This is the first in a series of articles where we’ll focus on guest blogging. To start, we’ll cover a brief history of the practice showing how it evolved, was exploited, and ultimately refined. Check back again soon for additional posts where we’ll cover how to vet and get approved on guest blog websites, how to find valuable topics, and how to build lasting relationships that result in an audience of your own.
What is Guest Blogging?
The concept of guest blogging was simple: create credibility and gain traffic by writing interesting blog posts for popular websites. Many people found that it was a great way to expose their brand to a large, already established audience at another popular website. Users who read an interesting piece of content on a site that they trust were more likely to visit the author’s website. The arrangement was mutually beneficial. The trusted website received a source of free content to further grow their footprint. The up and coming blogger Receives a new source of traffic to their website.
“1 in 10 blog posts are compounding, meaning organic search increases their traffic over time.” (HubSpot, 2016)
And everything was great! But problems began to occur once people realized that it was also an easy way to build links back to their website. This, in turn, boosted their organic ranking in Google and other search engine result pages (SERPs). Once people figured out that they could game the system, the practice exploded. SEO and marketing agencies latched onto the practice and began churning out content. Often times their main focus was on quantity over quality just to get those all-important backlinks. This went against the primary tenant of guest blogging: creating valuable content.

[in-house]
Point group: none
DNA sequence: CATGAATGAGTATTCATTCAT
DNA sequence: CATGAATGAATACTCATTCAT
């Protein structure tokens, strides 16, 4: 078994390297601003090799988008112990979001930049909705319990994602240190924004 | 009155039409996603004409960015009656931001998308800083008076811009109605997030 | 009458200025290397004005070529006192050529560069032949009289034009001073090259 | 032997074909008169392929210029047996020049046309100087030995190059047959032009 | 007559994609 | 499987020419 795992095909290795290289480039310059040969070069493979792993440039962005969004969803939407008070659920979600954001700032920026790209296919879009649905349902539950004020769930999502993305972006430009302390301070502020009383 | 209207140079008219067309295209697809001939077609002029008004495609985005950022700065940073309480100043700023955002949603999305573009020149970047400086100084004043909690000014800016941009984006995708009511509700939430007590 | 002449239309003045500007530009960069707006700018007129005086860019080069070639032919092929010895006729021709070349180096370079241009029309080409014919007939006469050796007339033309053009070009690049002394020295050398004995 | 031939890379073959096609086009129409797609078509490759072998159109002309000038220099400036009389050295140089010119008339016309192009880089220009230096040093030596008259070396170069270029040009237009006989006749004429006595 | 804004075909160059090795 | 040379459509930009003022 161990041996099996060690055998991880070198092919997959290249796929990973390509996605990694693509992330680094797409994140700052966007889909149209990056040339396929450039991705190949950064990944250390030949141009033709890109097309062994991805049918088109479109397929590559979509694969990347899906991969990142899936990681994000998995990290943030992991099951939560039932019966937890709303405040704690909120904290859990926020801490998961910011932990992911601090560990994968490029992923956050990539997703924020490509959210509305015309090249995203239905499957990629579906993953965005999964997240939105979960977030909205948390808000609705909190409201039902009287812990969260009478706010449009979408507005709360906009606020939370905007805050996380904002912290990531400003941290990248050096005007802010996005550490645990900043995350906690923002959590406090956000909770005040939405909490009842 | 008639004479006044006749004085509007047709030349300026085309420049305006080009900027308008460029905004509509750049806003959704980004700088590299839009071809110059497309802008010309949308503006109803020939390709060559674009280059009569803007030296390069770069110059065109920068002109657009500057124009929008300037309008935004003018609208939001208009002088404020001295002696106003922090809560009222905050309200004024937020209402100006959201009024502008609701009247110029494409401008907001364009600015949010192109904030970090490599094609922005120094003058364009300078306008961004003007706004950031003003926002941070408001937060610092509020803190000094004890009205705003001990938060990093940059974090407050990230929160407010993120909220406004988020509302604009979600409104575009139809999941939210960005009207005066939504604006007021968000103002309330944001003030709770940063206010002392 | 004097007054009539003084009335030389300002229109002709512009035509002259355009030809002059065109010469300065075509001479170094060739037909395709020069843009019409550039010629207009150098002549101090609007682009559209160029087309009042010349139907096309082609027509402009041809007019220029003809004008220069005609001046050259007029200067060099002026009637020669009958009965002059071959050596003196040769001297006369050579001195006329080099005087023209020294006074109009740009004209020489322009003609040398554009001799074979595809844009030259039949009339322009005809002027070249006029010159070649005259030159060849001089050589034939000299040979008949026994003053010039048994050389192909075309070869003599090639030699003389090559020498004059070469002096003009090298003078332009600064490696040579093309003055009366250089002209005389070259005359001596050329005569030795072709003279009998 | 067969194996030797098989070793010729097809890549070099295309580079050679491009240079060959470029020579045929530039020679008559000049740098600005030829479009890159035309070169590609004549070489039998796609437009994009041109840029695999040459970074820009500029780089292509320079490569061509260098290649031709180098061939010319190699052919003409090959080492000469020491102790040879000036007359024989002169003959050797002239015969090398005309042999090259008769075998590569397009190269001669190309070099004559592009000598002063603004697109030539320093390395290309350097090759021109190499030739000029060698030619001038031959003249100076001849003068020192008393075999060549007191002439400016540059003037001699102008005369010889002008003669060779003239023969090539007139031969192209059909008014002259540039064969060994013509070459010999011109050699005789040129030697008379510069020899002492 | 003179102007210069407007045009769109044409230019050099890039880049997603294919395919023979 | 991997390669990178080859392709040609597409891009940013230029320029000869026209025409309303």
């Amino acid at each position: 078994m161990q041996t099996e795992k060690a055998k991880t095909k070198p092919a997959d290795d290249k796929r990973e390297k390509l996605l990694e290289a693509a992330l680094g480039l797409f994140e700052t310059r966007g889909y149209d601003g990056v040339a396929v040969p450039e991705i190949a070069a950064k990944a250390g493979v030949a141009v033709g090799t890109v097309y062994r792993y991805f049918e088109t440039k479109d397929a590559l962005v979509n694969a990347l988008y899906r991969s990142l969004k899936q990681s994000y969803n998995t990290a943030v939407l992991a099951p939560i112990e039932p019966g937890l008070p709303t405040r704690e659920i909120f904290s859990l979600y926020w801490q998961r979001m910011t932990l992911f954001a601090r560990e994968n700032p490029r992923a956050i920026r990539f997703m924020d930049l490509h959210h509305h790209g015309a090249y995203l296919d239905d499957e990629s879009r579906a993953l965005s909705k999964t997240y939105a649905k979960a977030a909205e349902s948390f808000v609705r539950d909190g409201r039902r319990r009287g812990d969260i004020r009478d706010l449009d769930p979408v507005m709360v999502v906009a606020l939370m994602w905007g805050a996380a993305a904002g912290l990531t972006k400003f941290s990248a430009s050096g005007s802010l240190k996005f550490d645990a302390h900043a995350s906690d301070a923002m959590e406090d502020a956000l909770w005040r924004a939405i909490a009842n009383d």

Inevitably, this came into conflict with the goal of the search engines. Their results were being artificially manipulated by the junk content. As we know, the primary objective of most search engines is to provide relevant results based on the keyword being searched for. Therefore, it stands to reason that they would want their top results to reflect content which users will actually gain some value from. Not websites who’s primary goal is a high quantity of unreadable ‘fluff’ that packed with keywords, obnoxious promotions, or backlinks.
“60% of consumers feel engaged/positive with a brand or company after reading custom content on their blog” (Source: ContentPlus)
So the day of reckoning eventually came, and Google and the other search engines updated their algorithms in an attempt to weed out the the ‘fluff’. This effectively meant a de-emphasis on guest blogger posts and backlinks as a metric for success on the SERPs. These updates on Google were known as Panda and Penguin and focused (in a nutshell) on promoting high quality content rather than sheer quantity of backlinks and low-grade, keyword stuffed content as the main driver of search engine results. A highly-debated article written by Google’s former head of web spam, Matt Cutts, helped seal the public’s opinion at the time: guest blogging is dead.
The Rest is Internet History